June 27, 2010

… for all of you are one in Christ Jesus

Passage: Psalm 16, Galatians 3:15-4:7, Luke 9:51-62, Galatians 3:28

There is no longer Jew or Greek, there is no longer slave or free, there is no longer male and female; for all of you are one in Christ Jesus.

From a list of truths about life that little children have learned comes this one: “if your sister hits you, don’t hit her back.  They always catch the second person.”  (Should one also conclude, be first to hit?)
1. It is interesting how we humans are wont to try to explain why doing the right thing is good for us; we aren’t satisfied that it is simply right to do the right thing; we expect our goodness to be beneficial.   We ever want to calculate what is right; to have it figured out so we are in control.
In some measure, the man who asked Jesus, “Who is my neighbour?” was calculating.  He had agreed with Jesus that next to the greatest command to love God was a second one, to love the neighbour as yourself; who you identified as “neighbour” was important to the man so that he could manage the parameters of obedience.  In point of fact, as Jesus noted in his sermon from the mount, some said the obligation to love the neighbour implied that no love was to be shown the enemy; that the law of God in fact commanded hated of the enemy. (That is that the law to love the neighbour limited who you could show love towards.)
Lest you think that we have advanced beyond such convoluted reasoning you need look no further than our Canadian Human Rights Commissions and the application of hate speech law; it is apparently appropriate to say hateful things about those who, in our commission’s view, utter what is deemed by them to be hate speech.  Under the rubric of alleged “harm” done by ‘”promoting societal intolerance” by certain publications (Maclean’s magazine, to be specific) we can in turn be intolerant of these people who publish such things and restrict their publishing activities.  The question of “whose speech should we tolerate” is of similar calculation to “who is my neighbour”.
When the Apostle Paul insisted that justification was by faith in Jesus Christ not by works of the law the come back to this was: are you saying the law is inferior or flawed?  Nothing of the sort, Paul replied, the law is simply limited in what it can do.  First, the law cannot give life; Paul means spiritual life in that we are dead in our trespasses and sins and the law is not something that can rectify that situation—it cannot give life.  Let me ask—does the posting of a law make you obey it?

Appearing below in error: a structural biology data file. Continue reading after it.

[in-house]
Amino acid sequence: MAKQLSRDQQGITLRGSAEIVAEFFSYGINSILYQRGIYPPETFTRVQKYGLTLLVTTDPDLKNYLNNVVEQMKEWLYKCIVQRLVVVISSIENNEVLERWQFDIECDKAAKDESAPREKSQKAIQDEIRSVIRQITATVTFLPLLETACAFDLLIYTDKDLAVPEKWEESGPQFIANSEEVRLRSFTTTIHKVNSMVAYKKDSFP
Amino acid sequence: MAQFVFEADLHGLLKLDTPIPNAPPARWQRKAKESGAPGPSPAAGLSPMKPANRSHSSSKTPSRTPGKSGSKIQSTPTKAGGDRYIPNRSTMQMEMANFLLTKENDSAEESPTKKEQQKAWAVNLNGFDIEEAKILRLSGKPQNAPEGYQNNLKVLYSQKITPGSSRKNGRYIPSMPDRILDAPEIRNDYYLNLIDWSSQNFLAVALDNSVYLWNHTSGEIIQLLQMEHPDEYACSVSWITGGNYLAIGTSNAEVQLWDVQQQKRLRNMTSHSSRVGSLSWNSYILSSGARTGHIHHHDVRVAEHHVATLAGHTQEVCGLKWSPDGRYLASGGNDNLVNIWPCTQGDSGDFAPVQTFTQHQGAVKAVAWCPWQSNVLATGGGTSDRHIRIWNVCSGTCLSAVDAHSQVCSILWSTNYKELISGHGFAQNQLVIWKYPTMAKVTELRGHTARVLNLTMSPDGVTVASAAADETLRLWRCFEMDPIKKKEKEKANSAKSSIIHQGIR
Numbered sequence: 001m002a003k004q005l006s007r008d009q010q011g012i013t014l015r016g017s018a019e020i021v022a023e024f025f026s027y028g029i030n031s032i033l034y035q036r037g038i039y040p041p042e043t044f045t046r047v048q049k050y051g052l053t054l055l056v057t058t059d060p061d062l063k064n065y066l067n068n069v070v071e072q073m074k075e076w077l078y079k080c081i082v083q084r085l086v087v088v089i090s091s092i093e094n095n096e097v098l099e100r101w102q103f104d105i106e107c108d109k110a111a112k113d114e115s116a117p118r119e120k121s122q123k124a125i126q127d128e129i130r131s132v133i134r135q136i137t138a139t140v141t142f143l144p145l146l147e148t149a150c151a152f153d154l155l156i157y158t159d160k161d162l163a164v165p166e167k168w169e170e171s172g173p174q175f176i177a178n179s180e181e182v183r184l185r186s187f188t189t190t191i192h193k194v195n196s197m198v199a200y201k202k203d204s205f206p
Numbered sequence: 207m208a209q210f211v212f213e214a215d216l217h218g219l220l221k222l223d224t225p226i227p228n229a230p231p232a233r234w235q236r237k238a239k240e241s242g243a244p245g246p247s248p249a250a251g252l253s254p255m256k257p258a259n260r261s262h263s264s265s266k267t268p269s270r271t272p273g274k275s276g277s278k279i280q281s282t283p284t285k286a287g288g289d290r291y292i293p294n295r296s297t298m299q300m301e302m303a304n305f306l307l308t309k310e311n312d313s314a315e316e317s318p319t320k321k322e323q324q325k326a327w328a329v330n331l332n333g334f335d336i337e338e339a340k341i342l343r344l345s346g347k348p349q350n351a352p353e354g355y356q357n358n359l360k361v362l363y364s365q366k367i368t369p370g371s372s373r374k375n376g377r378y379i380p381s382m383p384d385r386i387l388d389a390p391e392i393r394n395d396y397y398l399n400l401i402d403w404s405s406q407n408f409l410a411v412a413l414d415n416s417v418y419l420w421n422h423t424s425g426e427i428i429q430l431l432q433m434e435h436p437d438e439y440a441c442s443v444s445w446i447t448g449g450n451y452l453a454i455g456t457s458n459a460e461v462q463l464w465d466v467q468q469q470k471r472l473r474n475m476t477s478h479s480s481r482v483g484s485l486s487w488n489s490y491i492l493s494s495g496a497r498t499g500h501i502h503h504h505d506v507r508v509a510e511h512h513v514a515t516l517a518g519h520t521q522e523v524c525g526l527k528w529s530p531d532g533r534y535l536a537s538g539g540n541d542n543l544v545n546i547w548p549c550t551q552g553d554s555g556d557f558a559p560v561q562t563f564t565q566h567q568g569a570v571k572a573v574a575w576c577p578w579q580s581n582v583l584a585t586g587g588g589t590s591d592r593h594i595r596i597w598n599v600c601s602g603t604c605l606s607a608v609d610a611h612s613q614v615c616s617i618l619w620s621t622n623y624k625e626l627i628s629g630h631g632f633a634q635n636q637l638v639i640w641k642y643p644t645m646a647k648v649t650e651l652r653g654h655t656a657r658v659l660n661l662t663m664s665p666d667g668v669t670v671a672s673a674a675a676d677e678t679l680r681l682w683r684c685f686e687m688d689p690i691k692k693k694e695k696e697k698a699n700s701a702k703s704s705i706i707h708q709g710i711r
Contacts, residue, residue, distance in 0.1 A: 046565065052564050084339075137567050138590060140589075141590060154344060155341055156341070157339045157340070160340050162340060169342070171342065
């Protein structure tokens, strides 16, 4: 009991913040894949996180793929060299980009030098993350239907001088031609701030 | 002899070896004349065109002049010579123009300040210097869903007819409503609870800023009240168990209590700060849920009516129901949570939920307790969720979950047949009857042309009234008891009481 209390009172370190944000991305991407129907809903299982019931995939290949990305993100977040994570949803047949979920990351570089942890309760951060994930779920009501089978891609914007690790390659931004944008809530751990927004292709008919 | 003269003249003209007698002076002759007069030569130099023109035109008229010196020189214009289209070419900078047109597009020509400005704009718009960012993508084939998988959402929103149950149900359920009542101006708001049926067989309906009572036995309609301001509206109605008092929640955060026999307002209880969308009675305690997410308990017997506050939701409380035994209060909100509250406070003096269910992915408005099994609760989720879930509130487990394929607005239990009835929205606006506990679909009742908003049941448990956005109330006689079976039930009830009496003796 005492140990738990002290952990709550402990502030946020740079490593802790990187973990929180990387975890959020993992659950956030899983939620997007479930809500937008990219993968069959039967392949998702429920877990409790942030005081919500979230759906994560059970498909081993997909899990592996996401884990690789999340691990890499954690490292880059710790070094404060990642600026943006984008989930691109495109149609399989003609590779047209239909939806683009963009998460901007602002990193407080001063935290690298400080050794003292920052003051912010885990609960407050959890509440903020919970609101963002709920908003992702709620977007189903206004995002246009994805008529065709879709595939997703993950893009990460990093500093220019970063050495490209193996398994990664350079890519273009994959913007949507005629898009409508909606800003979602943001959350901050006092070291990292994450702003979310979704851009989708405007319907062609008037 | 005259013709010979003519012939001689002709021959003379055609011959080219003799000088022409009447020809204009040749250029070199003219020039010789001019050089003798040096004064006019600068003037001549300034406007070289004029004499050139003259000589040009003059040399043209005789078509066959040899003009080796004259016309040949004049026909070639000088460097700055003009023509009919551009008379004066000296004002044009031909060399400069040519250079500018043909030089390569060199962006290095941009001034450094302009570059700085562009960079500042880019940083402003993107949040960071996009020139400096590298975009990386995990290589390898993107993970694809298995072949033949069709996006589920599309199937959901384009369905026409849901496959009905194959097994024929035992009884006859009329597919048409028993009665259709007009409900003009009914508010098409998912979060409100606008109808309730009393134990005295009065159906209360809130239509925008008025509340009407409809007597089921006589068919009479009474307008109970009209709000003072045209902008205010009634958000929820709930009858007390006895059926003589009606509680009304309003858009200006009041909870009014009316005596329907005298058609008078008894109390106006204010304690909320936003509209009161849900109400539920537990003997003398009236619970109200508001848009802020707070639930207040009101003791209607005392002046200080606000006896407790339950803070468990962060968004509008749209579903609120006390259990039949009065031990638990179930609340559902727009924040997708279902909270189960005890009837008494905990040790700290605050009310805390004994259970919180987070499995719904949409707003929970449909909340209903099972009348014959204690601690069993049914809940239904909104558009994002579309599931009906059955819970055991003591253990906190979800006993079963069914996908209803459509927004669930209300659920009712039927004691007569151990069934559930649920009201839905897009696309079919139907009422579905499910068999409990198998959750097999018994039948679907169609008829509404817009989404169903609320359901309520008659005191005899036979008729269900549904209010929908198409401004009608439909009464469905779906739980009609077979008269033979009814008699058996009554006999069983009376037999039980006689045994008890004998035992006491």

A second limitation is that the law of God only shows us that we are sinners; Paul said it this way: the scripture has imprisoned all things under the power of sin.  The law show us that the elephant in the room has to be dealt with ... the very thing that faith in Jesus Christ addresses.  Jesus gave himself for our sins to set us free from the present evil age.
In a recent article in The Boston Globe Kathryn Schulz wrote.  “As ashamed as we may feel of our mistakes, they are not a by-product of all that’s worst about being human,” “On the contrary. They’re a by-product of all that’s best about us. We don’t get things wrong because we are uninformed and lazy and stupid and evil. We get things wrong because we get things right. The more scientists understand about cognitive functioning, the more it becomes clear that our capacity to err is utterly inextricable from what makes the human brain so swift, adaptable and intelligent.”
I wonder how these scientists of cognitive functioning would account for humans choosing to do wrong when they knew it to be wrong before they did it.  When Jesus extended the application of the law of God to the inner life of thought and imagination he illustrated what Paul meant by “the scripture has imprisoned all things under the power of sin”.  “I say to you that everyone who looks at a woman with lust has already committed adultery with her in his heart,” declared our Lord.  He also said, “Love your enemies and pray for those who persecute you.”
One of the things that makes us one in Jesus Christ is that we all show up with the same need—dead in trespasses and sins—Jew or Greek (no nationality is exempt), slave nor free (social status gives no advantage), male nor female.  Only God can make us alive.
2. In Jewish households a child became an adult at about 12 years of age; in Greek households a similar marking occurred at about 18 years of age.  Paul uses the analogy of wealthy households where a guardian was appointed to watch over the child until that time to keep them safe and out of trouble; he likens the law of God to just such a guardian until when “the fullness of time had come God sent his son, born of a woman, born under the law.”